The purpose of the visit was to verify sex offender registration information. The sign and the flashing lights are meant to draw attention to the convicted sex offenders and warn neighbors, Sheriff Ken Christesen said.

Christesen said he has ramped up the sex offender registration program since taking office in 2011. He said he has increased the number of registration checks, improved the program's technology and publicized the process.

"I'm not going to ever be soft on sex offenders," Christesen said. "I want to make sure everybody knows where they live. If the sex offenders don't like it, maybe they should move to a different state."

Making sex offenders' addresses readily available serves the public because sex offenders have a high rate of recidivism, Christesen said. If a child goes missing, police can quickly check people who live near the area and have committed a sex crime against a child, he said. ..Continued..

With that said: First, the Federal law behind home address checks, then move on to state laws. Folks must read carefully!

"Skip Explanation, Jump to: When They Knock."
On Parole, Probation or other State / Federal Supervision
Folks under supervision, everything that follows is pretty much FYI (For Your Information) because whatever your Supervising Agent tells you to do, you must do without question. Courts have upheld their authority time and time again. The only exception we have ever seen, is when some constitutional right is severely impinged. Wish we could tell you more, but thats life under supervision.

The Adam Walsh Act (AWA/SORNA):
Home Address Checks

There is NOTHING written into the Adam Walsh Act (AWA/SORNA) that explains "Home Address Checks." Whether or not it is a logical thing for police to do, there is nothing in FEDERAL law discussing or explaining these checks.

However, with that said, Congress approved Grants for States to TEMPORARILY perform "Home Address Checks" under the section titled "42 USC § 16988 - Jessica Lunsford Address Verification Grant Program." So, by virtue of the TEMPORARY Grant program the checks are done. see:
Accordingly, the USAG has ordered local officials to perform Home Address Checks on some or all registrants of state sex offender registries, and that requirement is in law and the Final Federal Guidelines for State lawmakers:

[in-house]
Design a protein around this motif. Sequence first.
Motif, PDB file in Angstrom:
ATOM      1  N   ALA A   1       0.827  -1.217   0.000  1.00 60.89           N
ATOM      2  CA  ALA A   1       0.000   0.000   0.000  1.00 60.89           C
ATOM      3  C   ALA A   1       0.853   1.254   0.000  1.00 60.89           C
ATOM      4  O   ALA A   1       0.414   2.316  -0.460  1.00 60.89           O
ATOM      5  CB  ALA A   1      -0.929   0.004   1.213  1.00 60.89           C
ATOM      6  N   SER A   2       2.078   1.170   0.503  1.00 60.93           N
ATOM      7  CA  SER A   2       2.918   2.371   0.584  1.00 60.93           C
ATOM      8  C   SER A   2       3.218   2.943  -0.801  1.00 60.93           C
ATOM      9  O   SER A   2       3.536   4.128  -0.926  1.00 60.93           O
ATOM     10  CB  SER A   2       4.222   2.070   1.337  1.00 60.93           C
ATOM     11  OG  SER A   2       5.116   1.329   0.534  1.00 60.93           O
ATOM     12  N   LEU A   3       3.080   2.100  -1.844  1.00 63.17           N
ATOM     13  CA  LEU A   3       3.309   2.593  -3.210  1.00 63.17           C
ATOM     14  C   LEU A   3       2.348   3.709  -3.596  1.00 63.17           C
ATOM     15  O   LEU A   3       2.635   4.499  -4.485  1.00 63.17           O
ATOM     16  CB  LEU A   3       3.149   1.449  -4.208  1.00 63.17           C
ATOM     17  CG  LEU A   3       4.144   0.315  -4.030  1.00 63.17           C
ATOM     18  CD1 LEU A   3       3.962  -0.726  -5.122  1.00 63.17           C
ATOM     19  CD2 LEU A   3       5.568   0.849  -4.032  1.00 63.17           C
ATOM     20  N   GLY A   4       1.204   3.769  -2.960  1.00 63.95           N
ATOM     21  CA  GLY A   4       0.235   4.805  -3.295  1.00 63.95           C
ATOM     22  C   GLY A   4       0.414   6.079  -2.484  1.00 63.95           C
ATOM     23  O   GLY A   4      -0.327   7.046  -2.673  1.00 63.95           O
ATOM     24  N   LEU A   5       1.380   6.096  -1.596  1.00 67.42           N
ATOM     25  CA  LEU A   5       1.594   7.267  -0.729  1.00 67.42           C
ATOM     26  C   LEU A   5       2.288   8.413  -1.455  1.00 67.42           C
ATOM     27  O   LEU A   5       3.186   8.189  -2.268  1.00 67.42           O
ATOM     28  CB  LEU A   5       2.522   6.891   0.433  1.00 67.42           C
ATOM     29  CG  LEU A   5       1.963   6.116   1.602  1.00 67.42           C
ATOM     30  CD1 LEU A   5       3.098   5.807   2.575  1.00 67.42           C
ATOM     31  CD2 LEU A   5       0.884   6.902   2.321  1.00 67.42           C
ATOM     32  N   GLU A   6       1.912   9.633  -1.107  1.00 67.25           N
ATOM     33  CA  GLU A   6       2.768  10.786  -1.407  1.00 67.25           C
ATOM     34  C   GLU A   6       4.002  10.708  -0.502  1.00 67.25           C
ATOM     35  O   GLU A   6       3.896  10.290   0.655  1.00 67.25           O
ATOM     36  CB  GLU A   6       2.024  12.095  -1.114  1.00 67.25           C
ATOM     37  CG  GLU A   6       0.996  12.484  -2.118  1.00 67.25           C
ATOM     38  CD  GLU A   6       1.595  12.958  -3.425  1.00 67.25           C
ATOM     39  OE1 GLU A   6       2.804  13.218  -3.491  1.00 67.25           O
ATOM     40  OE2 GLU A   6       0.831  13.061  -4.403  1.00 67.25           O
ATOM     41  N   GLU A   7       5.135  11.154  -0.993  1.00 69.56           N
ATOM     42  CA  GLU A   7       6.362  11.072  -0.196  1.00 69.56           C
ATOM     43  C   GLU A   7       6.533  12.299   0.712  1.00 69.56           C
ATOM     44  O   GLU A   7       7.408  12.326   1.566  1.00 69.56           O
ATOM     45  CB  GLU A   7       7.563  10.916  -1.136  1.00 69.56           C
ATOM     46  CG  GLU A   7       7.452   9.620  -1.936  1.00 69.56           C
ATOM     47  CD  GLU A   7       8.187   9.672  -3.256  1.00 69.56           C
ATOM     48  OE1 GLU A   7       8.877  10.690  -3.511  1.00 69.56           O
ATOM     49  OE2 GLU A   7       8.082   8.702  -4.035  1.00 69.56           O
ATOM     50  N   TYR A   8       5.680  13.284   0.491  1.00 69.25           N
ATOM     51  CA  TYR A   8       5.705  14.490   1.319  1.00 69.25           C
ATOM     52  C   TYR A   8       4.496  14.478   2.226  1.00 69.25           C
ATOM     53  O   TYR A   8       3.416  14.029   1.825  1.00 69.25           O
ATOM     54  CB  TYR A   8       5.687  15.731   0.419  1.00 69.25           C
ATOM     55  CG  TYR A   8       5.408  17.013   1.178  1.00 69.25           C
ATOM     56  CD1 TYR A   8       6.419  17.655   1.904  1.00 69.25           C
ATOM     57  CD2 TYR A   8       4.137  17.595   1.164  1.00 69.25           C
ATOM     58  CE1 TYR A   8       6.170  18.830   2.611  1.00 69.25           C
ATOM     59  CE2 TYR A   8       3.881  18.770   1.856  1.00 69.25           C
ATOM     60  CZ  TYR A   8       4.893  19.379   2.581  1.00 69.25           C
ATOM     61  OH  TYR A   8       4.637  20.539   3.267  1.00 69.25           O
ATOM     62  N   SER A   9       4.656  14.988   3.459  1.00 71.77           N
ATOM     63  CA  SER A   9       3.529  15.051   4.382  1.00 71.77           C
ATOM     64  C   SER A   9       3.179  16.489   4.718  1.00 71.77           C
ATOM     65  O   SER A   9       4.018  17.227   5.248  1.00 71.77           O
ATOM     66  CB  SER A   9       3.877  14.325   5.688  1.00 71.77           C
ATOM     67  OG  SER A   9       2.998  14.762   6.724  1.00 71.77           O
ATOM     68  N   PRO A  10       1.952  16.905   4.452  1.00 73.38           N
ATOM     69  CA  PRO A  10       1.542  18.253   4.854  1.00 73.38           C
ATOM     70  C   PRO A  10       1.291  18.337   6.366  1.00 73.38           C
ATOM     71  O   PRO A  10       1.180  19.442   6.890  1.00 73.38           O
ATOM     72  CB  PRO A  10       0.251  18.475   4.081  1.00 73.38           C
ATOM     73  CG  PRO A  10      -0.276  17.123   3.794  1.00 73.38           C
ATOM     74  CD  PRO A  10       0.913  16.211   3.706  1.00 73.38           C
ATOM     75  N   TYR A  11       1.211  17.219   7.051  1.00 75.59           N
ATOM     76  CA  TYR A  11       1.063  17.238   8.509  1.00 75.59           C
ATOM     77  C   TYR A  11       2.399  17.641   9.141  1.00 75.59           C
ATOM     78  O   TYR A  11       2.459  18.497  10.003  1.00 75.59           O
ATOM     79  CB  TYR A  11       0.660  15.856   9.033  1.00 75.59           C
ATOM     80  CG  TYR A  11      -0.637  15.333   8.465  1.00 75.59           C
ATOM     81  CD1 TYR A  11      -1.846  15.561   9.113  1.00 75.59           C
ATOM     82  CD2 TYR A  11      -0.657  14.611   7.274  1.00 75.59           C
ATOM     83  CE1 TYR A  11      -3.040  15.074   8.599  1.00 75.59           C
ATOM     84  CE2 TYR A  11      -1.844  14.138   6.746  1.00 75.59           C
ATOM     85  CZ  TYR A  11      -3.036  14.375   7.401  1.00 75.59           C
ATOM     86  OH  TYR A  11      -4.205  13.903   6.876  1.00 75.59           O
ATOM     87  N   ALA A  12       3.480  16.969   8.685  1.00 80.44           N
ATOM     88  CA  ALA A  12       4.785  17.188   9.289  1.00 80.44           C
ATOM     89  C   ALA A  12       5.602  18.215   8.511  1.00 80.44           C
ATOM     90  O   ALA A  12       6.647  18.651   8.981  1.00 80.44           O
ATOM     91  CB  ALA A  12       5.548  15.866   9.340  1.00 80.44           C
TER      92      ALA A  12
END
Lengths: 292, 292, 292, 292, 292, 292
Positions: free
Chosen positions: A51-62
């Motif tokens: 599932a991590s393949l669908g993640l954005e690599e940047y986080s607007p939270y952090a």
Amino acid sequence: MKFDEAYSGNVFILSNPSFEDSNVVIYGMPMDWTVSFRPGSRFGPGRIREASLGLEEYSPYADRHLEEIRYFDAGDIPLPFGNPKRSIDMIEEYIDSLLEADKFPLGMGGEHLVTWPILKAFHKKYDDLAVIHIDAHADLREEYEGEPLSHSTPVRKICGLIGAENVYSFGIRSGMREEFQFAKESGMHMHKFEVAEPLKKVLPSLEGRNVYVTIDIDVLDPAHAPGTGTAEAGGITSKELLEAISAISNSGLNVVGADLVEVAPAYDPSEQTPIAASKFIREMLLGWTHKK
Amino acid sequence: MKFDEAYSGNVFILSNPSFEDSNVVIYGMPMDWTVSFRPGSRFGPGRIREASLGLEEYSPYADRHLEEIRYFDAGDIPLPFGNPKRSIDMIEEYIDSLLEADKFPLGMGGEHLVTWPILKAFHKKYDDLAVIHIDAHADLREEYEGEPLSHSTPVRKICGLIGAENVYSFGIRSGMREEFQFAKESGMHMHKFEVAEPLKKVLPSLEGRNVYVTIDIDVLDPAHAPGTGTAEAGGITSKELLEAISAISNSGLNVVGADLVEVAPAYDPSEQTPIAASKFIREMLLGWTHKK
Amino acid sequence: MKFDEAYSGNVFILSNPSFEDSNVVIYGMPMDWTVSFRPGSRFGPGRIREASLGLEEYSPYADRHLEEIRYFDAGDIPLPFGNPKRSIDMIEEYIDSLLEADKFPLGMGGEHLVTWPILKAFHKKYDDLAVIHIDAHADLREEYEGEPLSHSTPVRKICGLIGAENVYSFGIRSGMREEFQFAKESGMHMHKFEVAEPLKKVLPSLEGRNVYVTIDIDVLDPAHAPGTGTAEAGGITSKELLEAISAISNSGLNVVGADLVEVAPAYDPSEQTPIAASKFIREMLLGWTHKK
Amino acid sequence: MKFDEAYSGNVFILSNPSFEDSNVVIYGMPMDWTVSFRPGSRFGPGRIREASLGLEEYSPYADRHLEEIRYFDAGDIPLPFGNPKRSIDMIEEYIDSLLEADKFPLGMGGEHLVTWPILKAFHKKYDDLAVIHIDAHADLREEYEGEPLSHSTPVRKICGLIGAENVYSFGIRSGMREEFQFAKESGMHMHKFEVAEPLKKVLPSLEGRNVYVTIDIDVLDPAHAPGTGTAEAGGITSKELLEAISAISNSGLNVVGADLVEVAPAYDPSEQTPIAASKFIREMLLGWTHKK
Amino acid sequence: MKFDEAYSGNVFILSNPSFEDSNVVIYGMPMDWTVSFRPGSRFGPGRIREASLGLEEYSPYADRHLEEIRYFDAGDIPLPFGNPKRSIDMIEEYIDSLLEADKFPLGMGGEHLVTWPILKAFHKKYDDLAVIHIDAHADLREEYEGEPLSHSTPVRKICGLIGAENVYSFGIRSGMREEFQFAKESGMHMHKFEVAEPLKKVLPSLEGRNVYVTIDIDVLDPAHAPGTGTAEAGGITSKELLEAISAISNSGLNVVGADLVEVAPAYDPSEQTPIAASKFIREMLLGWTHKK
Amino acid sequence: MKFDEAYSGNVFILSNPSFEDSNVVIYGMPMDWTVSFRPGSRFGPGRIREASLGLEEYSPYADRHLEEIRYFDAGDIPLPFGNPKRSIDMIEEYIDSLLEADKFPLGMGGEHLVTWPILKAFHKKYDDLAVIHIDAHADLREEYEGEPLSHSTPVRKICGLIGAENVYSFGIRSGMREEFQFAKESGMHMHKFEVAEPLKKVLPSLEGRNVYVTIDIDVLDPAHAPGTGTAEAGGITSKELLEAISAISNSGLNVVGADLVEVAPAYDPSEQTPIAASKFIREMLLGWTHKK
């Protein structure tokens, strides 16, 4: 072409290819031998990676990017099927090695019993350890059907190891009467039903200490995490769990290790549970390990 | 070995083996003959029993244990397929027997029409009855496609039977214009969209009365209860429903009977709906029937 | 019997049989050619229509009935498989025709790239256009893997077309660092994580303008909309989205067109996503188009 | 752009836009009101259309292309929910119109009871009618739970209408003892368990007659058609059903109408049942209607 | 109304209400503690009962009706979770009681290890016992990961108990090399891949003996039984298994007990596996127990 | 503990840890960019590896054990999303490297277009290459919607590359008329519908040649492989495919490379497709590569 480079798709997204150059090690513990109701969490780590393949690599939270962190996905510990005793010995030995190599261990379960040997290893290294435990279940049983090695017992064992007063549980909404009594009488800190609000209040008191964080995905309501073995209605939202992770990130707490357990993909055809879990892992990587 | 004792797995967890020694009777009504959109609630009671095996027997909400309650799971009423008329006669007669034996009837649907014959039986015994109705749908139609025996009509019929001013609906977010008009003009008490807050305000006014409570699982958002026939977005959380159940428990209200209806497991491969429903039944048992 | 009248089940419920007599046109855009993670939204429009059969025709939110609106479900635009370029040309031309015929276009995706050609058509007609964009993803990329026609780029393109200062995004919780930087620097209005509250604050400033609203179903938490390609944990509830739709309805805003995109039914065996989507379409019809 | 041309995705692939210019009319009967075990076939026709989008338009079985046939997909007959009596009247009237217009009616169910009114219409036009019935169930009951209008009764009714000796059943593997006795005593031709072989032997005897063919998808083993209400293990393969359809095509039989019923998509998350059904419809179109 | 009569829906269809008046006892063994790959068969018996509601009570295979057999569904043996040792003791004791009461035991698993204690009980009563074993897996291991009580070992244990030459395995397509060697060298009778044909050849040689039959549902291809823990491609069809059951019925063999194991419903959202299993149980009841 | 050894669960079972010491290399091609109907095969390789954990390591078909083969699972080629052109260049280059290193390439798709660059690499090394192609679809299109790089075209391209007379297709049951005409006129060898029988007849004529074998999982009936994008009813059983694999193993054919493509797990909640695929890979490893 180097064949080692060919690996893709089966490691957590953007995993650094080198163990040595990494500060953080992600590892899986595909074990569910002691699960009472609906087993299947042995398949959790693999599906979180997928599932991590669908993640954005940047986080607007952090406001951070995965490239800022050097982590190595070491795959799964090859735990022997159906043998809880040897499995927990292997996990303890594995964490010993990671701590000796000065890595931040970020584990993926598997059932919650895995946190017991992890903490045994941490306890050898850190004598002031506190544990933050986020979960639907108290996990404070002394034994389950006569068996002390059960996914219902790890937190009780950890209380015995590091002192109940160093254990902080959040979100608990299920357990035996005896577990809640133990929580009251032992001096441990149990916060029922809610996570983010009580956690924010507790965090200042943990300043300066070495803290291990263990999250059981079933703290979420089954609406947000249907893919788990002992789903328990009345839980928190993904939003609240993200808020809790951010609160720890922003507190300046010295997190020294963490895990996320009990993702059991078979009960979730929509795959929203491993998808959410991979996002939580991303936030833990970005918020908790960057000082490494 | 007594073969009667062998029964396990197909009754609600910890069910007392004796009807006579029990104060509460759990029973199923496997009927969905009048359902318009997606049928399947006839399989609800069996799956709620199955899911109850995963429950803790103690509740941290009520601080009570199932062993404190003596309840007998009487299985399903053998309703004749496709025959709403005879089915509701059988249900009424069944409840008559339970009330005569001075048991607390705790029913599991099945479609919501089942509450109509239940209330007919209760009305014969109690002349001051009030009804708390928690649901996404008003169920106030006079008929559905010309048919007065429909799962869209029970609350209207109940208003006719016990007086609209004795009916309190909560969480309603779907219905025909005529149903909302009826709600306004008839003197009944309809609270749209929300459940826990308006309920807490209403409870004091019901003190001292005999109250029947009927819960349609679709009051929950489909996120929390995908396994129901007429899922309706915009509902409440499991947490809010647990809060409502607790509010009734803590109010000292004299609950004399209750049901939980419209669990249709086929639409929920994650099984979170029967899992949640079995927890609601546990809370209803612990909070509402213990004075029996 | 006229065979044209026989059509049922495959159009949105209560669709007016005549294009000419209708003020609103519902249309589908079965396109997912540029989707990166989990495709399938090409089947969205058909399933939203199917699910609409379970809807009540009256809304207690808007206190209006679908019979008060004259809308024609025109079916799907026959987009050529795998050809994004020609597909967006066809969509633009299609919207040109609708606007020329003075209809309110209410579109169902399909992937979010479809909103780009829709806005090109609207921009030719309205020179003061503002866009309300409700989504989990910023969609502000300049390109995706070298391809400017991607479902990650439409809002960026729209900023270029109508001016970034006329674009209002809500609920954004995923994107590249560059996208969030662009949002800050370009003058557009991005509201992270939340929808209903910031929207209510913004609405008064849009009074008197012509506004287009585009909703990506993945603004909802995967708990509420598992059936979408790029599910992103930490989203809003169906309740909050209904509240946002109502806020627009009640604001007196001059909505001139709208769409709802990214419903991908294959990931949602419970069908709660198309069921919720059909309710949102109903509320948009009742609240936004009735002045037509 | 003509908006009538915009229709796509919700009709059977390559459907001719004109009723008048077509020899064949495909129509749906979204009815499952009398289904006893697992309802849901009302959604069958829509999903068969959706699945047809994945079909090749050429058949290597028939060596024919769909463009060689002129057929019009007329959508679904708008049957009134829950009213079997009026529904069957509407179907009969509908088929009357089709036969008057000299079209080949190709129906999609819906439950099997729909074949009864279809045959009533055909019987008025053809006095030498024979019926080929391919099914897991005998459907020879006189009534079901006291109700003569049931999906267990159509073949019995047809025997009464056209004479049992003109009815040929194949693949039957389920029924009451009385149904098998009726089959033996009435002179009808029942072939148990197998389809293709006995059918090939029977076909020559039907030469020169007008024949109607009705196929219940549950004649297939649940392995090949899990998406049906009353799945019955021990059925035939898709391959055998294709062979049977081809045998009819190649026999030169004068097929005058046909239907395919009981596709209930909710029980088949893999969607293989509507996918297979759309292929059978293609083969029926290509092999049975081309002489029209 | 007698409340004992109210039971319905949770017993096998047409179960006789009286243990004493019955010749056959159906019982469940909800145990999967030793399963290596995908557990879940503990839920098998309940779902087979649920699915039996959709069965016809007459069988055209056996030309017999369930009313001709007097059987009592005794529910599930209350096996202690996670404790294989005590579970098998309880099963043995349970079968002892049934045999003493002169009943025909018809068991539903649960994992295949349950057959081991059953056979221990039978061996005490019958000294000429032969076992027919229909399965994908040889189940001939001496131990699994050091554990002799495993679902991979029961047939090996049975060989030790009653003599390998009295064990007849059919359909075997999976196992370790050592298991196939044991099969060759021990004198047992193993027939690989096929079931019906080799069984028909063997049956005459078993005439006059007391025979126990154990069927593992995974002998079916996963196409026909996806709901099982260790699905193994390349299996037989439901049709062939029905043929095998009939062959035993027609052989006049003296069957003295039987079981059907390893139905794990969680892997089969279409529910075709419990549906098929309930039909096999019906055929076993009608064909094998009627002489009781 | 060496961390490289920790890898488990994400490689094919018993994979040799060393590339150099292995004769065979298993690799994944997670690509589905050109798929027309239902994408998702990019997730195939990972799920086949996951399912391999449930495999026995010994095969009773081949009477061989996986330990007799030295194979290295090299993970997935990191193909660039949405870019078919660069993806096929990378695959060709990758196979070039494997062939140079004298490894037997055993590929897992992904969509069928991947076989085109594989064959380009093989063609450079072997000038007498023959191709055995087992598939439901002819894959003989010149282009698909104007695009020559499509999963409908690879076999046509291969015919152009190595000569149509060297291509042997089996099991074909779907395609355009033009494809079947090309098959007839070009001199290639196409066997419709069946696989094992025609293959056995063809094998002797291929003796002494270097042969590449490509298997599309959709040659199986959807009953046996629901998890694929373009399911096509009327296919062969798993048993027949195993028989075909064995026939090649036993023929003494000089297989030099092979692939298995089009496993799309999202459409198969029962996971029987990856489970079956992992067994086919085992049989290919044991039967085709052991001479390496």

"42 USC 16988(b) Grants authorized Under the Program, the Attorney General is authorized to award grants to State, [1] local governments, and Indian tribal governments to assist in carrying out programs requiring an appropriate official to verify, at appropriate intervals, the RESIDENCE of all or some registered sex offenders."

Note: The Grant program is not for US Marshals, grants are for state police and local law enforcement; state jurisdiction.

However, those GRANTS for jurisdictions to perform home address checks was a TEMPORARY Grant program which expired in 2009. see 42 USC 16988(e) and (e)(2). Congress also ordered the US Attorney General to report back to Congress -no later than 4-1-2009- whether home address checks were effective in reducing sex offenses as compared to other methods, and to recommend, if worthwhile, continued funding of address checks. see 42 USC 16988(e)(2).

Note: To our knowledge this has not been done; checked in August 2011 and April 2012. And again in June of 2013. However, given that states are applying for these grants and performing home address checks, one might say, federal law has been accepted and is in practice.
So are address checks legal? States are clearly paying for them after 2009 as Congress has not approved any extension of these dates ( See 111th Congress bills: HR-1422 and HR-1149) So, until someone makes it a issue in a court action, and wins, home address checks will continue without concern for their legality.